The standard GC is based on generational design, which exploits the behavior of Java applications where a large percentage of objects created by the application are short lived or temporary. The generational GC divides the object heap into two spaces (or generations), a new space and an old space. A new space is further divided into 2 equal spaces. Objects are allocated from one of the new spaces until an allocation failure occurs and scavenger cycle is triggered. In a scavenger cycle, only "used" objects are copied from one new space into another new space; some objects, which have been copied a number of times are promoted (moved) to old space. Since the new space is only a fraction of the entire heap, the scavenger cycle cause only a brief pause for the application. As objects are moved to the old space, it may become full and require a global collection (using mark-and-sweep) to free objects that have become dead. Since the old space is larger, global collection requires more time, but its less frequently to occur.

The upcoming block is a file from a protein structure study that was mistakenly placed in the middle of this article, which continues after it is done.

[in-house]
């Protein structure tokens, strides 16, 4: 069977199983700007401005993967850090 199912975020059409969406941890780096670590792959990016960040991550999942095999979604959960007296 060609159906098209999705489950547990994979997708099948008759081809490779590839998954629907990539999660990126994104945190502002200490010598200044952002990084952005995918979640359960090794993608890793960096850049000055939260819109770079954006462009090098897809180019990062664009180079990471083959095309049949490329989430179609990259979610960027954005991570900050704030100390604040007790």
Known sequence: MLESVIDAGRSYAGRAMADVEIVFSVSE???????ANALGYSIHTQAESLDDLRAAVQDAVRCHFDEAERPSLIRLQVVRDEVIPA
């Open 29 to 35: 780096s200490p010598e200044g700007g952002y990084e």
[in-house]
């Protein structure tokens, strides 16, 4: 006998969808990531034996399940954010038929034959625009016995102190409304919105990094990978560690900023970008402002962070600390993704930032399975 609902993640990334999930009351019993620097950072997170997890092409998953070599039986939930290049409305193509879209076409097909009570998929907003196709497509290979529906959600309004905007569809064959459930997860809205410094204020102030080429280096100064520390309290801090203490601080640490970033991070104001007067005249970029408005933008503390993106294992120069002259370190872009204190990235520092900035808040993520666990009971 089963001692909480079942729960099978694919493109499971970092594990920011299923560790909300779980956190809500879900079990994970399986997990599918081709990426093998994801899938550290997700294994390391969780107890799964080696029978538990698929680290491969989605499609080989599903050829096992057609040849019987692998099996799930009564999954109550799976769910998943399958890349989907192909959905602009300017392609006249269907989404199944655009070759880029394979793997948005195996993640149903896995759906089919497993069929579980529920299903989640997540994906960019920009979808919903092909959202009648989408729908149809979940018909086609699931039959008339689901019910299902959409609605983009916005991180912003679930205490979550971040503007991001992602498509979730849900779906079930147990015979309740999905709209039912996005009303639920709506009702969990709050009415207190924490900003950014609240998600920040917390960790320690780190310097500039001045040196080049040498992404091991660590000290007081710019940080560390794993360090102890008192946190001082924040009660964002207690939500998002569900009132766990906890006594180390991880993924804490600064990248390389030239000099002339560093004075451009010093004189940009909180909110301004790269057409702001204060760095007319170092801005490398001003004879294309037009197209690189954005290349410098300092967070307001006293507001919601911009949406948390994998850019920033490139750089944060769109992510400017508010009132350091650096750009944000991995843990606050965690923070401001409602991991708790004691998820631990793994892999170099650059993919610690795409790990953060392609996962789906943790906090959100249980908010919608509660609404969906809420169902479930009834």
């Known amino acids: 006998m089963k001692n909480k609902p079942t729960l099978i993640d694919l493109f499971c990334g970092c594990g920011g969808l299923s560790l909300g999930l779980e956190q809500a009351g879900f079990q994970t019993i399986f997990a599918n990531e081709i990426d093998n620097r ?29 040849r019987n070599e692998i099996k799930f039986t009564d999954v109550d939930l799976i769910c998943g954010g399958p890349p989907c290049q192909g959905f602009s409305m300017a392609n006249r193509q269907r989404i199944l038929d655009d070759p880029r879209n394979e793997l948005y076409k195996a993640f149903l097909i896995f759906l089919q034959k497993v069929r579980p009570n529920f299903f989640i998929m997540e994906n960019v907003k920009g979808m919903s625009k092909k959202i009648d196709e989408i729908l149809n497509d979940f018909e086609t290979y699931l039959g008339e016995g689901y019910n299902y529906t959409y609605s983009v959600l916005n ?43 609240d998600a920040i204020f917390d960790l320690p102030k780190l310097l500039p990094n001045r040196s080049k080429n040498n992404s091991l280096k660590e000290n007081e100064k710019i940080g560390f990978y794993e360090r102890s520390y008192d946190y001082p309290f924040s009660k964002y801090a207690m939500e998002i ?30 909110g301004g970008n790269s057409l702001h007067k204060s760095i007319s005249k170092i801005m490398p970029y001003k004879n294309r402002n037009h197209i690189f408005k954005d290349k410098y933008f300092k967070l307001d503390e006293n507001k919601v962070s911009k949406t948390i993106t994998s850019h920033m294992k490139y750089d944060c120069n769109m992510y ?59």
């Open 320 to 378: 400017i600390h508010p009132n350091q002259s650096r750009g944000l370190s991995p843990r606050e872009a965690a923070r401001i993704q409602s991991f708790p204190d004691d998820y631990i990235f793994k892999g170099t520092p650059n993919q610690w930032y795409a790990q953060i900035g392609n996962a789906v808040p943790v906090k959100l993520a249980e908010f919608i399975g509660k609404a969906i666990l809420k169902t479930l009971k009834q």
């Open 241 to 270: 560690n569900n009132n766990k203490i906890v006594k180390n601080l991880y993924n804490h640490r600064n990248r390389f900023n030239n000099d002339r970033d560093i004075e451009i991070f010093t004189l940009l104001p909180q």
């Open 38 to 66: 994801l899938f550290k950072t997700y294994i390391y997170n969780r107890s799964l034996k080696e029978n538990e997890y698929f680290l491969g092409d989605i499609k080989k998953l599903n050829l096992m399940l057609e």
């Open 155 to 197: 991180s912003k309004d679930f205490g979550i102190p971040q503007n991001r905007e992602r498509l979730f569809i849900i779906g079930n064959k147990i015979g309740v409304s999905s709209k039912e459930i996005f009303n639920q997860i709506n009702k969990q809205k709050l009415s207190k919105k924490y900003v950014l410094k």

GC also provides for a high degree of configuration and tuning, allowing for target-specific optimizations